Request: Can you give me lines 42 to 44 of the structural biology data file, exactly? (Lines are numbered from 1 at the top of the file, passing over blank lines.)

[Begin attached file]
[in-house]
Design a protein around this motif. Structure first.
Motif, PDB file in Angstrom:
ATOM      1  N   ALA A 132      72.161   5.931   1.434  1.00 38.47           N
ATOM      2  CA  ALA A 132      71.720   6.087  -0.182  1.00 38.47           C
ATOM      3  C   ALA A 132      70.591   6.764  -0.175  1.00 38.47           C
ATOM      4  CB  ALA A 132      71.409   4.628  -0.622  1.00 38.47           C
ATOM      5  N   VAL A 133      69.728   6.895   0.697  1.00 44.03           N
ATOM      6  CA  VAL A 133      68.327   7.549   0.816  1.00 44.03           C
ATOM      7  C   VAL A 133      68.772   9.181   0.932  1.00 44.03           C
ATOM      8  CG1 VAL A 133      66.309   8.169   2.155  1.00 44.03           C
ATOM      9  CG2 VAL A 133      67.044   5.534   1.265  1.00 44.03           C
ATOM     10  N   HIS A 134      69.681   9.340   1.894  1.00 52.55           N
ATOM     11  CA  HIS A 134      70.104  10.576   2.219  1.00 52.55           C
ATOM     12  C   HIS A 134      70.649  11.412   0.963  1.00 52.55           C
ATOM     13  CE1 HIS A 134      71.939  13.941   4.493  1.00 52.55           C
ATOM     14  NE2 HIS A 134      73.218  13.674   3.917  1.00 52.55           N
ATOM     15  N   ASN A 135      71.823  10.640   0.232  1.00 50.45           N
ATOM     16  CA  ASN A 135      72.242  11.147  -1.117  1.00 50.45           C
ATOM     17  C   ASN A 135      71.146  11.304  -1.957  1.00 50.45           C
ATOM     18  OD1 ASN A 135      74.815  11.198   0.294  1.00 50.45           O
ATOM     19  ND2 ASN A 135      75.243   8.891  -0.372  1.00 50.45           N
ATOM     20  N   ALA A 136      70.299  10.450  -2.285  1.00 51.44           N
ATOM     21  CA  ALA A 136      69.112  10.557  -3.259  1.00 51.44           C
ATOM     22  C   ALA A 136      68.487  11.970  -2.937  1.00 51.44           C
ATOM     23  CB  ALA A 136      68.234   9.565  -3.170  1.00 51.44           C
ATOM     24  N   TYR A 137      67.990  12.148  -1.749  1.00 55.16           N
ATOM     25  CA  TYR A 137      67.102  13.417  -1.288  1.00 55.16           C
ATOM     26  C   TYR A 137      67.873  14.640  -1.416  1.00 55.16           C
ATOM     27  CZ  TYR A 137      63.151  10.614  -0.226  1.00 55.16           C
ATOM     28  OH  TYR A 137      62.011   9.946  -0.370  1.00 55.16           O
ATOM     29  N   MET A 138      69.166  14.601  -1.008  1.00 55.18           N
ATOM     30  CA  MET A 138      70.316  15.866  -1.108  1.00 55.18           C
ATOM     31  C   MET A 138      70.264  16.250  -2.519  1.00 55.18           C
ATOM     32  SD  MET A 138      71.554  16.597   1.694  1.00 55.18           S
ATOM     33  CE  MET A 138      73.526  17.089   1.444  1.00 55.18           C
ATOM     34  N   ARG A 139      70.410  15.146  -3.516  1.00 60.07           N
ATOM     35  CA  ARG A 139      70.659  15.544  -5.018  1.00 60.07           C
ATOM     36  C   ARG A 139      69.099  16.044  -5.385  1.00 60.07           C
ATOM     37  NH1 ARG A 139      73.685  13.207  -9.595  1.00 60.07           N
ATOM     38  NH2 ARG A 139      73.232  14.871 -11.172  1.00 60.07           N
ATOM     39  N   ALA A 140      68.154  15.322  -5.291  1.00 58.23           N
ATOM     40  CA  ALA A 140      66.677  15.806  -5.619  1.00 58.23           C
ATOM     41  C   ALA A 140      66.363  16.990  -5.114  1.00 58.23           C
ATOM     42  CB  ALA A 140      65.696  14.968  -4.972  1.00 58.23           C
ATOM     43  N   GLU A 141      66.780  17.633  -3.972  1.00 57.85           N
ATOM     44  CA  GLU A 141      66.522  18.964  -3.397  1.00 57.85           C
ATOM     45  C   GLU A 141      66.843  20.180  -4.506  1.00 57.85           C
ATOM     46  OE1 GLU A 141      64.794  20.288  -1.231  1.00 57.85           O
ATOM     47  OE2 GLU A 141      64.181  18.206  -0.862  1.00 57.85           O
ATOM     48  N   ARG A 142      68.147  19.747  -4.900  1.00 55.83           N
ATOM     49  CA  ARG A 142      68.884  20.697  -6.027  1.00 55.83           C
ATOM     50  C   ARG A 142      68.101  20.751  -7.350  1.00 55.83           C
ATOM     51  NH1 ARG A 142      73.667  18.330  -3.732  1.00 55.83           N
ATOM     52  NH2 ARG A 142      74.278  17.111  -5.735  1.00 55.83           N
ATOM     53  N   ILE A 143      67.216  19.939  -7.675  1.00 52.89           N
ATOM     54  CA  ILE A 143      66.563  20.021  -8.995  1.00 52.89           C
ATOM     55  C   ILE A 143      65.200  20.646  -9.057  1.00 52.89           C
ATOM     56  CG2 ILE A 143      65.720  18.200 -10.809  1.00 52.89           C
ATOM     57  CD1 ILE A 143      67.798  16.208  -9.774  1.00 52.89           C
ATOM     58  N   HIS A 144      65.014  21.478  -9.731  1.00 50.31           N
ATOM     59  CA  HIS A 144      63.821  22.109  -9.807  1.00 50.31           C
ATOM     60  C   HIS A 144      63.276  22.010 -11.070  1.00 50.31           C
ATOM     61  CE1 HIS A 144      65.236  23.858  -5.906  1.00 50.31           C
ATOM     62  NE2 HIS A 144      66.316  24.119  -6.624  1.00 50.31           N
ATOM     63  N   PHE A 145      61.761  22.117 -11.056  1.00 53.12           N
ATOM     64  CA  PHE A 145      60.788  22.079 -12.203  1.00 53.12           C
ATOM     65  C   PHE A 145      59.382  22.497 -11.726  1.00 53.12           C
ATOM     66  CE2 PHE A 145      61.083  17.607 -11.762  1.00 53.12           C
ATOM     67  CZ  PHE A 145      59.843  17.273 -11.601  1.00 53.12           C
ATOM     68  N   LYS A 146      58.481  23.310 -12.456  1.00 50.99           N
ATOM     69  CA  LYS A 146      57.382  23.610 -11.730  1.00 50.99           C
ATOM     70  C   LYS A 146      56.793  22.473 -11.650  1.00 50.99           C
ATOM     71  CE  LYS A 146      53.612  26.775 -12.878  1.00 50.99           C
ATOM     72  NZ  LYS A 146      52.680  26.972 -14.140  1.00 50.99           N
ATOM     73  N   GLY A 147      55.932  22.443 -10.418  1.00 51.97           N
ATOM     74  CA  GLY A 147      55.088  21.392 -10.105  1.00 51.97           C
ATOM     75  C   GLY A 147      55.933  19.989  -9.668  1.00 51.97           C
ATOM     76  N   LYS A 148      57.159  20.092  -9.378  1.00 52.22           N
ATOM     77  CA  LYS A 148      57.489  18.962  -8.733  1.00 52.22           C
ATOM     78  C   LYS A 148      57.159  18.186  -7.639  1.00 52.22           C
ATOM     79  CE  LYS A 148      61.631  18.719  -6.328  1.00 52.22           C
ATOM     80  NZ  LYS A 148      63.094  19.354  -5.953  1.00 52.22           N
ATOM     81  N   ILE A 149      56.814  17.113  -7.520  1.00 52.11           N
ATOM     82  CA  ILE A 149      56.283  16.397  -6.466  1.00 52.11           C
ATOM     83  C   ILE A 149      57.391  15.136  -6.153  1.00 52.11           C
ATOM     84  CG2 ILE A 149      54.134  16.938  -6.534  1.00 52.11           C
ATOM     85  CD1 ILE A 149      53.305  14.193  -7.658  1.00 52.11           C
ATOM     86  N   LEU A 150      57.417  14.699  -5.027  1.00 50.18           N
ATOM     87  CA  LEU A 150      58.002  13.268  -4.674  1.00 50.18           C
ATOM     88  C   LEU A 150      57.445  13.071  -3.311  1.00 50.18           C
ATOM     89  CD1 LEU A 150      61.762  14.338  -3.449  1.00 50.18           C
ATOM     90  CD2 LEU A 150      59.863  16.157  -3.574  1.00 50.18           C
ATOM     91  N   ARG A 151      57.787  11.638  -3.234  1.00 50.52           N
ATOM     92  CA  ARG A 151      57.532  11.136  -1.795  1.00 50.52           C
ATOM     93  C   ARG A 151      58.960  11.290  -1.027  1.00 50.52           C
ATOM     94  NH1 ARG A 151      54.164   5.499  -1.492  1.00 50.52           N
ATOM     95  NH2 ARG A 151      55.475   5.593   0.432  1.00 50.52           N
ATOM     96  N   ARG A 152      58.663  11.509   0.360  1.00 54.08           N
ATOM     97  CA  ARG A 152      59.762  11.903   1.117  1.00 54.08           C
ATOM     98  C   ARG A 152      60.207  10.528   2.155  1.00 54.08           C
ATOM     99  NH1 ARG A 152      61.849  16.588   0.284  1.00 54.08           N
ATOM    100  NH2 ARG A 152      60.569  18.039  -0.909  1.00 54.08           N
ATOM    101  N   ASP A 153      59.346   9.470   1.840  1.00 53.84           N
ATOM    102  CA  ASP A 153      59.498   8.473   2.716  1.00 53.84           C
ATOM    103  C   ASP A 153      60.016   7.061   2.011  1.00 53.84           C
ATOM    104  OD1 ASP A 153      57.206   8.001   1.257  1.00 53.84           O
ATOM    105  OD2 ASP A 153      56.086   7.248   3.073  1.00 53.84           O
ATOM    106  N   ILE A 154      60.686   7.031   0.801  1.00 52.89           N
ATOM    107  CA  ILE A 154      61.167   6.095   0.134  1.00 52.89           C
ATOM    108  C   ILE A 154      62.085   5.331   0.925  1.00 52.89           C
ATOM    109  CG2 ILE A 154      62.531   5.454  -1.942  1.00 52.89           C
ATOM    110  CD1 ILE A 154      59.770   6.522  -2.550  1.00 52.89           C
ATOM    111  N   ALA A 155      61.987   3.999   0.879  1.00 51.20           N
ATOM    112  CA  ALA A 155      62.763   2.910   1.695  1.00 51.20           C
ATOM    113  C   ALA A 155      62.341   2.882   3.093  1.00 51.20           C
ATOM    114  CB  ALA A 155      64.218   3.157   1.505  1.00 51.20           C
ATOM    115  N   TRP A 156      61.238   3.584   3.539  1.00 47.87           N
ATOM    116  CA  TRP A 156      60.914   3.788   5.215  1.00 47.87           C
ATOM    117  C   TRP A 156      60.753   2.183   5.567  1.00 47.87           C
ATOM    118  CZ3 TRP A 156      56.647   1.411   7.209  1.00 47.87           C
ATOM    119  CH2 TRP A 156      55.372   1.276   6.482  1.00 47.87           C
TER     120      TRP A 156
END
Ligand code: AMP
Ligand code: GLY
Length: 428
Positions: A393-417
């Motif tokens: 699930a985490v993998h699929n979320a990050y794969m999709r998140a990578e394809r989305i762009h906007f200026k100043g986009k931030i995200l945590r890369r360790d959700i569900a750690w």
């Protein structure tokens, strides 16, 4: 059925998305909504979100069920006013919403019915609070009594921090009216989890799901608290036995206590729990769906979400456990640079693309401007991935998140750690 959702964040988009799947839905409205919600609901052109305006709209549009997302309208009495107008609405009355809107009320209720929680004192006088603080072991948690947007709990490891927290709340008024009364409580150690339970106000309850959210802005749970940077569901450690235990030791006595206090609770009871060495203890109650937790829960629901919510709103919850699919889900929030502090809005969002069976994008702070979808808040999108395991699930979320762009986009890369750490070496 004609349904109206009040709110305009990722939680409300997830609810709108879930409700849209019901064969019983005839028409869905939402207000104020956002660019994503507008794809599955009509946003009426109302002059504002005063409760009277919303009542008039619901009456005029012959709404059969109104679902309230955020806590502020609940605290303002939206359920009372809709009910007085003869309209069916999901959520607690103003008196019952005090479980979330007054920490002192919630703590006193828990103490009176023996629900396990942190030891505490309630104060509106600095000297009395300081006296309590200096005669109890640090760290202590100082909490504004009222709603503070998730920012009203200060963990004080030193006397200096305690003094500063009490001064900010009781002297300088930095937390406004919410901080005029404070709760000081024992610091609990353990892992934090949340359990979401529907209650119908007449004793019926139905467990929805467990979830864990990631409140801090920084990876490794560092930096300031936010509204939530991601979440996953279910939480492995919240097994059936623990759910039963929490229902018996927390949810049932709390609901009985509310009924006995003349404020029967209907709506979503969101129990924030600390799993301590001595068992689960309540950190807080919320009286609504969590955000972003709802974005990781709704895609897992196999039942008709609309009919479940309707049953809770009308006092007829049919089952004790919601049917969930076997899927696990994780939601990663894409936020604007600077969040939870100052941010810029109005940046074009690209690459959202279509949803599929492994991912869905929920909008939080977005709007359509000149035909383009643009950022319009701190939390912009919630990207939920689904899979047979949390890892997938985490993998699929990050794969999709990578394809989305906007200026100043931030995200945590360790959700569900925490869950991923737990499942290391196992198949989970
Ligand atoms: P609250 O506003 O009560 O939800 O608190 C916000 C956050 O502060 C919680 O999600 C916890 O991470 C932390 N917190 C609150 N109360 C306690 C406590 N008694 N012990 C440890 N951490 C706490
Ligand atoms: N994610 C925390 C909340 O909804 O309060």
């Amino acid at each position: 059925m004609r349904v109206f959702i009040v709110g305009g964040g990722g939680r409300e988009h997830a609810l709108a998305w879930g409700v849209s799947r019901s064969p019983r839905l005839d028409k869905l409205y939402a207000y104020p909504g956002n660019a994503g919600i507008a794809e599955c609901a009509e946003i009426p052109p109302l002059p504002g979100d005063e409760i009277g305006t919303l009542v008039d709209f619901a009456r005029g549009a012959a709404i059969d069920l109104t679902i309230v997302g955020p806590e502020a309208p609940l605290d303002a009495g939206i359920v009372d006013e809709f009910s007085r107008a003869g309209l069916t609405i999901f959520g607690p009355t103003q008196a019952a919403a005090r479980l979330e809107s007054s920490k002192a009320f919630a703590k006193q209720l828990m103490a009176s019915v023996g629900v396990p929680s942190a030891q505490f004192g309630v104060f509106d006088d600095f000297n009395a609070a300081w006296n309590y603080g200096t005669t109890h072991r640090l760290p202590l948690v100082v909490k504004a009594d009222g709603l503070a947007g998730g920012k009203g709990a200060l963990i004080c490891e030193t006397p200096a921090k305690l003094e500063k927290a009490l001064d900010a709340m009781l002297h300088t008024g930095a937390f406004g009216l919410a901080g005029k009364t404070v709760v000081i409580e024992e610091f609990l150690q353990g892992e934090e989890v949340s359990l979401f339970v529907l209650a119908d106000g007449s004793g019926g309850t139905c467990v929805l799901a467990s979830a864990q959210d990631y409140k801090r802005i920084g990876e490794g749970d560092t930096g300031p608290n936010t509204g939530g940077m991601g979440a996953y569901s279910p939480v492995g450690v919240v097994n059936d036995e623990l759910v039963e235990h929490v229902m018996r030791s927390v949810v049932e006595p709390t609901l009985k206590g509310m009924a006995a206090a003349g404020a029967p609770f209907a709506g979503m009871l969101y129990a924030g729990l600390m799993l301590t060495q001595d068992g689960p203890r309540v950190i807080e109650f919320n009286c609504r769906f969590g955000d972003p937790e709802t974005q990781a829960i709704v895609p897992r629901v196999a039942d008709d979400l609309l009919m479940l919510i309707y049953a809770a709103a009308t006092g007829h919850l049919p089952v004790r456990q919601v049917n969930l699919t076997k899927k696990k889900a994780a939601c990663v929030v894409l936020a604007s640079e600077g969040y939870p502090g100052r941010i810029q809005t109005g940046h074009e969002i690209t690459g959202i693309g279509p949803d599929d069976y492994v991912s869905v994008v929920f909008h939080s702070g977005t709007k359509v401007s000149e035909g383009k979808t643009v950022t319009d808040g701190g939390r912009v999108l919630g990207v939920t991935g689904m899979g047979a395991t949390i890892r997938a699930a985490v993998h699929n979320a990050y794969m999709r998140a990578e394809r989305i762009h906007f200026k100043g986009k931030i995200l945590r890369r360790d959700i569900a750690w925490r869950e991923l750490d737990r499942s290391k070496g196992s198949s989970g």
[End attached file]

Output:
ATOM     39  N   ALA A 140      68.154  15.322  -5.291  1.00 58.23           N
ATOM     40  CA  ALA A 140      66.677  15.806  -5.619  1.00 58.23           C
ATOM     41  C   ALA A 140      66.363  16.990  -5.114  1.00 58.23           C